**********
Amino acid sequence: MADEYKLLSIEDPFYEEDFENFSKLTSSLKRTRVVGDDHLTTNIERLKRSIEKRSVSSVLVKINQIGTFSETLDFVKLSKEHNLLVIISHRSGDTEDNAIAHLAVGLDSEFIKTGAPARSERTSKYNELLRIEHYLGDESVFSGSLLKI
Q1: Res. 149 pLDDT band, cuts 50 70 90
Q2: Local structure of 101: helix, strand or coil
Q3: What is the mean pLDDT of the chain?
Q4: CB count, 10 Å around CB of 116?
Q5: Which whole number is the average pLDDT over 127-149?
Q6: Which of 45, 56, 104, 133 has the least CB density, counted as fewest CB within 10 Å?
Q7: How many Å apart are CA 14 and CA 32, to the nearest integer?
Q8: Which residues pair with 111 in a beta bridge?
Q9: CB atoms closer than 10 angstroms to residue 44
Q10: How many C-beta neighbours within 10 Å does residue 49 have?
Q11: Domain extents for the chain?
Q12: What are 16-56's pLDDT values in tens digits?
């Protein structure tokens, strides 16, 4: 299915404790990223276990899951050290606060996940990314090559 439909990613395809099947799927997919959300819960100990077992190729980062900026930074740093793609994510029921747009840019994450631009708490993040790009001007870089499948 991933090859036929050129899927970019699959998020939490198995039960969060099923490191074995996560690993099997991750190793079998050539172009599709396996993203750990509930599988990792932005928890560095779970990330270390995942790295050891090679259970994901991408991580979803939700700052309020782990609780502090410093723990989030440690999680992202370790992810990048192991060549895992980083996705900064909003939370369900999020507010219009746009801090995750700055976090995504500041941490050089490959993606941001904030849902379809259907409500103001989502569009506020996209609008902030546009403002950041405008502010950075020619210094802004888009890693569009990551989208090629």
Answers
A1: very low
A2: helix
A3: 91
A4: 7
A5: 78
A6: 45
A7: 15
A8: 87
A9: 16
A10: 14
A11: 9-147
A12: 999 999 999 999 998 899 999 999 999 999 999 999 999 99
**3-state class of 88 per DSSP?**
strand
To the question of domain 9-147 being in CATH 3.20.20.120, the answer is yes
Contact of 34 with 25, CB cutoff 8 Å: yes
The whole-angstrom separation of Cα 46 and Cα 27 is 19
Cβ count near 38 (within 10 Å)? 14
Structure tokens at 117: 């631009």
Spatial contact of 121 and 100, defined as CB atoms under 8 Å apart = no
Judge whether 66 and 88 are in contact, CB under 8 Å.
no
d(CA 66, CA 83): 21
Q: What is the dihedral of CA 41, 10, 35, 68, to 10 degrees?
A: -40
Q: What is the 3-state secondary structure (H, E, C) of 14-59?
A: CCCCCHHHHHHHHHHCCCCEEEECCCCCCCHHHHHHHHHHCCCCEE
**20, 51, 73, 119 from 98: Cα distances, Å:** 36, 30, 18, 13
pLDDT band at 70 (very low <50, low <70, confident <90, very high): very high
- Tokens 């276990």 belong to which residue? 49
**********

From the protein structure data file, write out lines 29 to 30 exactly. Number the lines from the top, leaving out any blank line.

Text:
strand
To the question of domain 9-147 being in CATH 3.20.20.120, the answer is yes